Knowing that even the best of trees have a lifespan that eventually gives way to decline and decay, he harvested hundreds while they still were of value and made room for new growth.

“I’ve been managing this farm for 53 years and I’ve logged it once in 2010 for about 550 trees of which half were poplar,” Jones said noting that harvest barely dented the forest.

The 2010 sale of logs brought a nice return on his 1963 investment and rewarded him for years of effort by putting a bump in his retirement income. But it also created a lot more work from all the limbs and brush left behind by the operation.

“The people I picked to log it were very respectful of the farm and the trees that I wanted to keep but logging generates a lot of brush and it’s a lot of work to clear all that,” Jones noted.

A drive through the forest 10 years later — and Jones can drive his 4x4 truck throughout the property on pathways he’s cleared and keeps mowed — and the next generation of trees is well on its way to healing the scars from a decade ago.

Jones marks the young trees with color-coded ribbons to designate white oak, red oak and other species. Among the newer growth are the hundreds of other trees now ready to be cut just like those a decade ago, but Jones will let them be during his lifetime. He’s fine with his family cutting the trees — that’s what managed forestry is all about and the farm has been placed in a family trust — but he’s not ready to tackle another cleanup of brush and limbs. Having always lived a conservative lifestyle and invested well, he also doesn’t need the money.

Whether his family — or more specifically a family member — will step up and embrace the role of steward after he is gone, Jones does not know. He said he’s got a grandson who “loves running a chainsaw” so perhaps the farm will continue to serve as a getaway for a later generation. Either way Jones has enjoyed owning the land and has never regretted the purchase or the sweat and toil he’s invested in the forest and the peace and joy the forest has brought to him.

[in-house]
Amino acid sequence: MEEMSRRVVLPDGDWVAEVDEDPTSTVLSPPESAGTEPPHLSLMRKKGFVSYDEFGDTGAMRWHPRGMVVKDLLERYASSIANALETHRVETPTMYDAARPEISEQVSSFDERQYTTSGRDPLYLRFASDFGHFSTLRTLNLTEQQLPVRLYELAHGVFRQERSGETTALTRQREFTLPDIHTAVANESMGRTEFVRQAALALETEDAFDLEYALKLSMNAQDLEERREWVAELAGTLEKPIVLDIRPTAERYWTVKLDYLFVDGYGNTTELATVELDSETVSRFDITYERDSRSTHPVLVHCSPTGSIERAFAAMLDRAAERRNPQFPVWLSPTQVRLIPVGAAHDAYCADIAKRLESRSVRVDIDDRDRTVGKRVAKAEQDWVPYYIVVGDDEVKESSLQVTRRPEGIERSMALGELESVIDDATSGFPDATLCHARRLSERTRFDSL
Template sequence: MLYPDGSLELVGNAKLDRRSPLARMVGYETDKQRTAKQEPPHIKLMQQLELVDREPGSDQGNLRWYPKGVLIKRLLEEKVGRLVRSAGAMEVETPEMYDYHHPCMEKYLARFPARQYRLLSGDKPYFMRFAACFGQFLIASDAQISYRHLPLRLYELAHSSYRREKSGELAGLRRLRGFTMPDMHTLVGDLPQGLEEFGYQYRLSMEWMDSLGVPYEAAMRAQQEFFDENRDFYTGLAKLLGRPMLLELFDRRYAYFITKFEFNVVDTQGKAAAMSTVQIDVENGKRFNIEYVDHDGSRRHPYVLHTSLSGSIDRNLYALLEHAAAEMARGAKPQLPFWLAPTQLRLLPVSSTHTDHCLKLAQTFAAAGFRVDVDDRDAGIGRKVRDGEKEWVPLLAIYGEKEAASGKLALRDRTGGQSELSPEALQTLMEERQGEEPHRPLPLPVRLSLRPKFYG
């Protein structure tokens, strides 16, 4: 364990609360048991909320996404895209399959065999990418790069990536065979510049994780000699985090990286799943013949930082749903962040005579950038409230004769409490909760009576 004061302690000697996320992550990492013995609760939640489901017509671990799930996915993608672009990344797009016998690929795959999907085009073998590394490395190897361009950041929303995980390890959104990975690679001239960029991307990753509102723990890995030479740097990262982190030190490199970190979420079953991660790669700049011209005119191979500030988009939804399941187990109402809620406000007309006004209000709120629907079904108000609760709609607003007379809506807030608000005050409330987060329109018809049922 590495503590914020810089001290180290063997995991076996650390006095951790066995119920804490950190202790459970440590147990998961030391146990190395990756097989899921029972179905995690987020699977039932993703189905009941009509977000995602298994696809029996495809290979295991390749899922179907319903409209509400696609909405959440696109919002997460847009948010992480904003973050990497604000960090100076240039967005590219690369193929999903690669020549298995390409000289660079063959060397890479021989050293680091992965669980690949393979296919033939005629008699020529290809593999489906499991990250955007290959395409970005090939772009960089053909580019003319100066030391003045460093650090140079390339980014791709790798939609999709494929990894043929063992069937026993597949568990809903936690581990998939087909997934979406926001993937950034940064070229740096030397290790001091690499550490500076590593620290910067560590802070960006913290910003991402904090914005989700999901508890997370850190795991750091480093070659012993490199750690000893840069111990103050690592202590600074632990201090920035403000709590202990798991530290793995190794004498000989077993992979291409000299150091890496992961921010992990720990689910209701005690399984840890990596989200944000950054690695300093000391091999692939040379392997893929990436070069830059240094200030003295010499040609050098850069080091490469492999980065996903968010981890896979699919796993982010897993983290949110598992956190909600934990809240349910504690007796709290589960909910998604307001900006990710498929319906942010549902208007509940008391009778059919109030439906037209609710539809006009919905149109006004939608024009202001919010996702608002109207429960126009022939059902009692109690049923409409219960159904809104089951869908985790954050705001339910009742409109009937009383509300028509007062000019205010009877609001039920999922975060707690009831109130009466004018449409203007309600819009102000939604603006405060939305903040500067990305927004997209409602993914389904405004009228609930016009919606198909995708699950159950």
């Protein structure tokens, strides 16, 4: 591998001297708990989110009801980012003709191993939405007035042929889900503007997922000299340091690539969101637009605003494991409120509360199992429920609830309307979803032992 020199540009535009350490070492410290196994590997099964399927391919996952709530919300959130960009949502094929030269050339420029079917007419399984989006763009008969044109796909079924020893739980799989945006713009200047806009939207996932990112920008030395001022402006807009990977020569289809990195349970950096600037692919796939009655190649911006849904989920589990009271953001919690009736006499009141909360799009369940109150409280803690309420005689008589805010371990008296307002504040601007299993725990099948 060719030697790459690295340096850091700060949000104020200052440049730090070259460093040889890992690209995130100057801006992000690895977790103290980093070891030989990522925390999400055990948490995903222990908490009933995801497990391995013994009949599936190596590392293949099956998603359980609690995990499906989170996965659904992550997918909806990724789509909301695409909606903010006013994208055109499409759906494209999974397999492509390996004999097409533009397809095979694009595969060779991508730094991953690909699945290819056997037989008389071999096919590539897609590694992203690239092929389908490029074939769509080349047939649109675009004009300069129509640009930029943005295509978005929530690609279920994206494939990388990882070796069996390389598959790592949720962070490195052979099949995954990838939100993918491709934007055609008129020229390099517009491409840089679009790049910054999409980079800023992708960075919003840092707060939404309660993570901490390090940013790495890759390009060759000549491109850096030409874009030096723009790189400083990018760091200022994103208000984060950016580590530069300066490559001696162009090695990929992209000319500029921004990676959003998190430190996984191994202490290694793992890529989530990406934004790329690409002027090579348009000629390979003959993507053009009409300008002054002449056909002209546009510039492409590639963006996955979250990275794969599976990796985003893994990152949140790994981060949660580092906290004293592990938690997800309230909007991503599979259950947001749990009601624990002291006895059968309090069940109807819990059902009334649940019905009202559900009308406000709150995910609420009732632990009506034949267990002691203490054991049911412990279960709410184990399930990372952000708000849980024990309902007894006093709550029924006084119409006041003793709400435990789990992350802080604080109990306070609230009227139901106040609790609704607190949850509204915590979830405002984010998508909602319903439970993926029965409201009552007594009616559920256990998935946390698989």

COVID deaths climb locally
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Statewide COVID-19 statistics indicate Jefferson County has recorded five new deaths related to the coronavirus over the last two days, the Jefferson County Health Department reported.

The health department’s Facebook Page indicated that three local residents died on Christmas Eve and two on Dec. 23, bringing the total number of county deaths attributed to the pandemic to 32.

In addition, there were 38 new cases of COVID-19 reported on Christmas Day, 42 on Christmas Eve and 20 on Dec. 23. The county has now seen 2,042 residents infections out of 12,081 tested since the pandemic began in March.

About 40% of the total Intensive Care Unit beds are currently in use for COVID patients with just 19.4%% of the overall beds now available.

Meanwhile, Switzerland County has now had 467 cases of the virus with five deaths.

In Kentucky, Trimble County had posted 362 total cases and four deaths through Dec. 23, while Carroll County has recorded 499 cases and six deaths through Dec. 24.

Wolf jury trial for murder postponed to May
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A former Madison Correctional Facility officer who is charged with two counts of murder and one count of attempted murder in Indianapolis is now scheduled to stand trial by jury in Marion County Superior Court on Monday, May 10, 2021.

Kristen L. Wolf, 29, of Madison, could face death or a prison sentence between 45 and 65 years on each of the murder charges and 20-40 years in prison on the attempted murder charge, which is a Level 1 felony. She is also charged with battery by means of a deadly weapon, a Level 5 felony punishable by one to six years in prison.